Ultrasonographic Findings in 41 Dogs Treated with Bone Marrow Aspirate Concentrate and Platelet-Rich Plasma for a Supraspinatus Tendinopathy: A Retrospective Study

Front Vet Sci. 2018 May 17;5:98. doi: 10.3389/fvets.2018.00098. eCollection 2018.

Objective: To report sonographic findings for dogs with a supraspinatus tendinopathy (ST) treated with an ultrasound-guided intratendinous injection of bone marrow aspirate concentrate (BMAC) and platelet-rich plasma (PRP).

Methods: Medical records for dogs diagnosed with an ST and treated with a BMAC-PRP injection were reviewed. Data collected included patient signalment, radiographic findings at the time of initial evaluation, and sonographic findings, including cross-sectional area (CSA), fiber pattern, and echogenicity.

Results: Of 70 records reviewed, 41 met the inclusion criteria. Mean CSA of the supraspinatus tendon decreased by 0.06 cm2 between baseline and 45 days post-treatment (p = 0.0025), and 0.09 cm2 between baseline and 90 days post-treatment (p < 0.0001). Analysis of CSA in dogs with a unilateral ST at baseline revealed a difference of 0.08 cm2 between the affected and unaffected tendon at baseline, with the affected tendon measuring larger than the contralateral tendon (p < 0.0001). This difference became statistically insignificant by 45 days after treatment (u1-u0 = 0.04 cm2, p = 0.2855) and remained so 90 days post-treatment (u1-u0 = 0.03 cm2, p = 0.1910). In most cases (90.6%), the fiber pattern and echogenicity was considered improved 90 days post treatment. In a minority of these cases (13.8%) the fiber pattern and echogenicity abnormalities were considered resolved.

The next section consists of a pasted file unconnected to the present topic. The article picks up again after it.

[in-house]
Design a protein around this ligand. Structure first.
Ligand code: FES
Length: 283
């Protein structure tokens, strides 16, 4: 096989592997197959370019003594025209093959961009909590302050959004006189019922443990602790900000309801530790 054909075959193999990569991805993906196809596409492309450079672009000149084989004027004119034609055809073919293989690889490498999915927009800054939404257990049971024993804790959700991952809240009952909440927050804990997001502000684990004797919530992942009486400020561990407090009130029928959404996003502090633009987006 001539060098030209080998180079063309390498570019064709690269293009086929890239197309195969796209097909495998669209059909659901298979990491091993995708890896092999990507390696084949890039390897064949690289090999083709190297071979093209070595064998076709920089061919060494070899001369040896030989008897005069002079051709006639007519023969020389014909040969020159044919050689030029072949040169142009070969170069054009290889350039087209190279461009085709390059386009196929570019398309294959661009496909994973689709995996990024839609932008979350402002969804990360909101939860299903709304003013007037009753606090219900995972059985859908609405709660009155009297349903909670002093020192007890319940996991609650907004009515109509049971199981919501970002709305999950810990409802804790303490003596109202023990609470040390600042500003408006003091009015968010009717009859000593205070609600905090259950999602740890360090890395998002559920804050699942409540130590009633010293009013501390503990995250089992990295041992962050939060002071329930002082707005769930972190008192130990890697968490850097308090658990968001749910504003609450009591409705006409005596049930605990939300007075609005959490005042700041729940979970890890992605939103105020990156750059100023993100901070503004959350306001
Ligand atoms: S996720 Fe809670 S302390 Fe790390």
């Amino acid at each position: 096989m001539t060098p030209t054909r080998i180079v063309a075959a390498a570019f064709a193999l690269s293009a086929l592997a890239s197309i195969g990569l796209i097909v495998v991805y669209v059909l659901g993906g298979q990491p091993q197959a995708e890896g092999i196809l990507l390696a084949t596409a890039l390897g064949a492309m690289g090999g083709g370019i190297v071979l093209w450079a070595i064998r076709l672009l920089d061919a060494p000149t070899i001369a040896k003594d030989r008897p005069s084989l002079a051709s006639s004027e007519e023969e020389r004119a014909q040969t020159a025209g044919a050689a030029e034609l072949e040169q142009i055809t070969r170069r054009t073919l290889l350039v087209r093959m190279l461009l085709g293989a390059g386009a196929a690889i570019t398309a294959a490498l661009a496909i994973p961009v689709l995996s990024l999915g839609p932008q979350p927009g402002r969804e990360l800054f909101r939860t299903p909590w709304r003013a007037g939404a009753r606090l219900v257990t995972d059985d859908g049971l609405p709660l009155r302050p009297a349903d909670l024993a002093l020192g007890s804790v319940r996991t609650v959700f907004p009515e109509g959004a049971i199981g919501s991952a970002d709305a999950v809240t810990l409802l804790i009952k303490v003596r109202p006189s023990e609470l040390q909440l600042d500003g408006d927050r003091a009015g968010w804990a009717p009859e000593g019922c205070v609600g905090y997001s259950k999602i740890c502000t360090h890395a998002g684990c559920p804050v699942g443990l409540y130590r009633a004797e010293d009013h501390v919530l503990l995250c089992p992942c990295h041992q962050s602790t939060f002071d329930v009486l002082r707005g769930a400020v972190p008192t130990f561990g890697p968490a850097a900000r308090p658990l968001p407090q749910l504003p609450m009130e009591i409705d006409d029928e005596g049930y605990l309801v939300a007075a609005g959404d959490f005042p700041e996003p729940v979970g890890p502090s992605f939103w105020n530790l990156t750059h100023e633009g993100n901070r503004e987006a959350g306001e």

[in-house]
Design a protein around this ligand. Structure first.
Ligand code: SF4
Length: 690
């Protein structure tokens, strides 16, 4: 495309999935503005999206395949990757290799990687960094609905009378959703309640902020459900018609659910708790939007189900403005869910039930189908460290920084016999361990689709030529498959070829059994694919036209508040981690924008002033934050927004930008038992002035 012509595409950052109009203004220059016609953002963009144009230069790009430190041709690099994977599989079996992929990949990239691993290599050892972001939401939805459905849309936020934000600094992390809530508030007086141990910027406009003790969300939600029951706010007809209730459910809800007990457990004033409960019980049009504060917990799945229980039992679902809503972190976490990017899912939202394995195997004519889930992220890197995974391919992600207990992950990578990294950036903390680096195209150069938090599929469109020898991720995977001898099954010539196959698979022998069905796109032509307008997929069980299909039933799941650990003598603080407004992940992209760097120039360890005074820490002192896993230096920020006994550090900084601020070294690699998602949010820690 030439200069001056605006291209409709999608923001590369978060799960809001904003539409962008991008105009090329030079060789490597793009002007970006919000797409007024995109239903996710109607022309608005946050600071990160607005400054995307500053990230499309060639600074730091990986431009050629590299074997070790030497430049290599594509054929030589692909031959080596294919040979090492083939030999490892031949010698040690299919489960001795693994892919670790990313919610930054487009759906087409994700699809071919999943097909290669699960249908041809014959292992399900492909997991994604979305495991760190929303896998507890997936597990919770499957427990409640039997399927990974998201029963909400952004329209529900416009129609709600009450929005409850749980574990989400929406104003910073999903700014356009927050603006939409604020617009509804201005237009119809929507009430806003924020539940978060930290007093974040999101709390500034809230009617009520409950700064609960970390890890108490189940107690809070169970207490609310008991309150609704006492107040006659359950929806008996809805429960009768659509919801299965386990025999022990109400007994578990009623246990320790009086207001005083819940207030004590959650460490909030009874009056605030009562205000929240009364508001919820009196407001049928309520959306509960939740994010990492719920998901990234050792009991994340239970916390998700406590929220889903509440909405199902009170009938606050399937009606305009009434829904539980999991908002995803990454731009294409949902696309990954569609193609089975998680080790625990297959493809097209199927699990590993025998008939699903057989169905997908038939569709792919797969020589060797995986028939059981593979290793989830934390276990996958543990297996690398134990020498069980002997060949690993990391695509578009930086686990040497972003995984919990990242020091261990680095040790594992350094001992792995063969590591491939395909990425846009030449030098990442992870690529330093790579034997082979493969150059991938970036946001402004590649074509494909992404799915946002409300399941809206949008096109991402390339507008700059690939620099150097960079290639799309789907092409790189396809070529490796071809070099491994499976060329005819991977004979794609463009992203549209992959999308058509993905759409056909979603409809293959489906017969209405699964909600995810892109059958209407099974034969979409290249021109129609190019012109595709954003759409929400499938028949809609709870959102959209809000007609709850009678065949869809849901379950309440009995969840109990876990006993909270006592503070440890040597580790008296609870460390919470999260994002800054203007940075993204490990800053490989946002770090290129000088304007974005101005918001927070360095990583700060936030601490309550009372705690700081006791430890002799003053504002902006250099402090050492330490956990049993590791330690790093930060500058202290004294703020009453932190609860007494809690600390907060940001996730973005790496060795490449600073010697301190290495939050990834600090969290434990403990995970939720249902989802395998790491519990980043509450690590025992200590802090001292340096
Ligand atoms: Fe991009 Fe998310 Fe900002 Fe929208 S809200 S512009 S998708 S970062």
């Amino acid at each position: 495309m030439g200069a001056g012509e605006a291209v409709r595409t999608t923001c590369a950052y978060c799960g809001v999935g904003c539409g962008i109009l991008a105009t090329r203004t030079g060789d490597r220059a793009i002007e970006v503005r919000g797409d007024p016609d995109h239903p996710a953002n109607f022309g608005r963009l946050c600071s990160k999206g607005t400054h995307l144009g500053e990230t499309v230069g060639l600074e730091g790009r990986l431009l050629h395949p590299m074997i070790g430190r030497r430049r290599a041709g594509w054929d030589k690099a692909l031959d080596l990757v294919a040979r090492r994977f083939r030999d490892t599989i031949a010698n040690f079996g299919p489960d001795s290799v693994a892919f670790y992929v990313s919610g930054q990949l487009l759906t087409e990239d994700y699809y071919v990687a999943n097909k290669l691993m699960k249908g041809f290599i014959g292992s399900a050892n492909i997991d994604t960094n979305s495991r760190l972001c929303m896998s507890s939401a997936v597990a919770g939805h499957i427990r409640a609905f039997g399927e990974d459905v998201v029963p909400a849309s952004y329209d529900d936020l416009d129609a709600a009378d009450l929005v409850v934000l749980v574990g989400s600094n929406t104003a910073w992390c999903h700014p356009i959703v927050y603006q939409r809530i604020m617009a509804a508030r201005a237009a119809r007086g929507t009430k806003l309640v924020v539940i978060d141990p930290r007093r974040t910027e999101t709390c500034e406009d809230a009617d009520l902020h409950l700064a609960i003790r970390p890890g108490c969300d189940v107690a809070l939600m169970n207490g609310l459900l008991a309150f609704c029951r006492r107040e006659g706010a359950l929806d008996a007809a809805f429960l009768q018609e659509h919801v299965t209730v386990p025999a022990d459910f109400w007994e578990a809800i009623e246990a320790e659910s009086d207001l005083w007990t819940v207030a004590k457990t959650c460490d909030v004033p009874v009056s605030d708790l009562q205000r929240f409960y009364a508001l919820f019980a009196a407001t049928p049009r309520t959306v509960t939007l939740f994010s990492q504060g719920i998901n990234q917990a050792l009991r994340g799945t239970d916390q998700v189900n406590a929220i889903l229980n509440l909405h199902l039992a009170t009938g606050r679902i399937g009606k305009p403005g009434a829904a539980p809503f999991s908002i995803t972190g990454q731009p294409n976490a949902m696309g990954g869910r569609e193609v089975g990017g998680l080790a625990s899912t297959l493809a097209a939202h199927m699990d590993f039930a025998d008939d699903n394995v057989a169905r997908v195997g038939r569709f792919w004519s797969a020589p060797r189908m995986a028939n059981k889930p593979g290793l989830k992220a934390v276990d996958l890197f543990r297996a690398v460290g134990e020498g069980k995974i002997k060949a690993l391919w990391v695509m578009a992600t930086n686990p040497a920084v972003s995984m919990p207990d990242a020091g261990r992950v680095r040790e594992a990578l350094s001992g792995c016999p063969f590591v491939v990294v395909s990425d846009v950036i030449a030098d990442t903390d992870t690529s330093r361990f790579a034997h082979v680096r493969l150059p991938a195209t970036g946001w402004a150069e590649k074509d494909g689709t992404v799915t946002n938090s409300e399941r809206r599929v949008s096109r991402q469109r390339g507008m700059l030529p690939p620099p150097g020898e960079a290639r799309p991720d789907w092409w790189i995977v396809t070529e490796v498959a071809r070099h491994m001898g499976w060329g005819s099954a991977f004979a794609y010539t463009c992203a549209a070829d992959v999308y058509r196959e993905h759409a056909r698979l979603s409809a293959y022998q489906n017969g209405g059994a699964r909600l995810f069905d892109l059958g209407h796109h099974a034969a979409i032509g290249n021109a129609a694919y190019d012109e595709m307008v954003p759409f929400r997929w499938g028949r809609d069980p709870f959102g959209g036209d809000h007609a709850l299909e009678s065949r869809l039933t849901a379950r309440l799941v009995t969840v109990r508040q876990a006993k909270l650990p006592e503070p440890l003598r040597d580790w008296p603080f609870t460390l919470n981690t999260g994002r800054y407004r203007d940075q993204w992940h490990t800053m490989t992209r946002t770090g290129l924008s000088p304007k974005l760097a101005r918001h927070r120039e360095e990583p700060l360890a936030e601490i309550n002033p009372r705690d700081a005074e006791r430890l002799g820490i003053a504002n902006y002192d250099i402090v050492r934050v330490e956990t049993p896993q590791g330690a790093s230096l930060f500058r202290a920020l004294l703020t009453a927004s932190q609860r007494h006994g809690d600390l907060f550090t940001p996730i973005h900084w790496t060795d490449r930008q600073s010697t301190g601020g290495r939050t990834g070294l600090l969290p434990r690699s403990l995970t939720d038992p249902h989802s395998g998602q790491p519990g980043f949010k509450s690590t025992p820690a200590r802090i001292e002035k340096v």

Conclusions: Using qualitative and quantitative sonographic measures, BMAC-PRP was associated with an improvement in supraspinatus tendon size, fiber pattern, and echogenicity. Given the protracted nature of tendon healing, long-term evaluation may reveal continued improvements in chronic structural changes not captured during the current study. Functional studies are required to evaluate the clinical benefits of BMAC-PRP in the treatment of STs in dogs.

Clinical significance: An ST is a common contributor to forelimb lameness in dogs and remains notoriously difficult to treat. Previous studies have been associated with inconsistent treatment outcomes. In the current study, BMAC-PRP is investigated as a minimally invasive treatment option, revealing positive sonographic results.

KEYWORDS: bone marrow aspirate concentrate; mesenchymal stem cells; musculoskeletal ultrasound; platelet-rich plasma; regenerative medicine; supraspinatus tendinopathy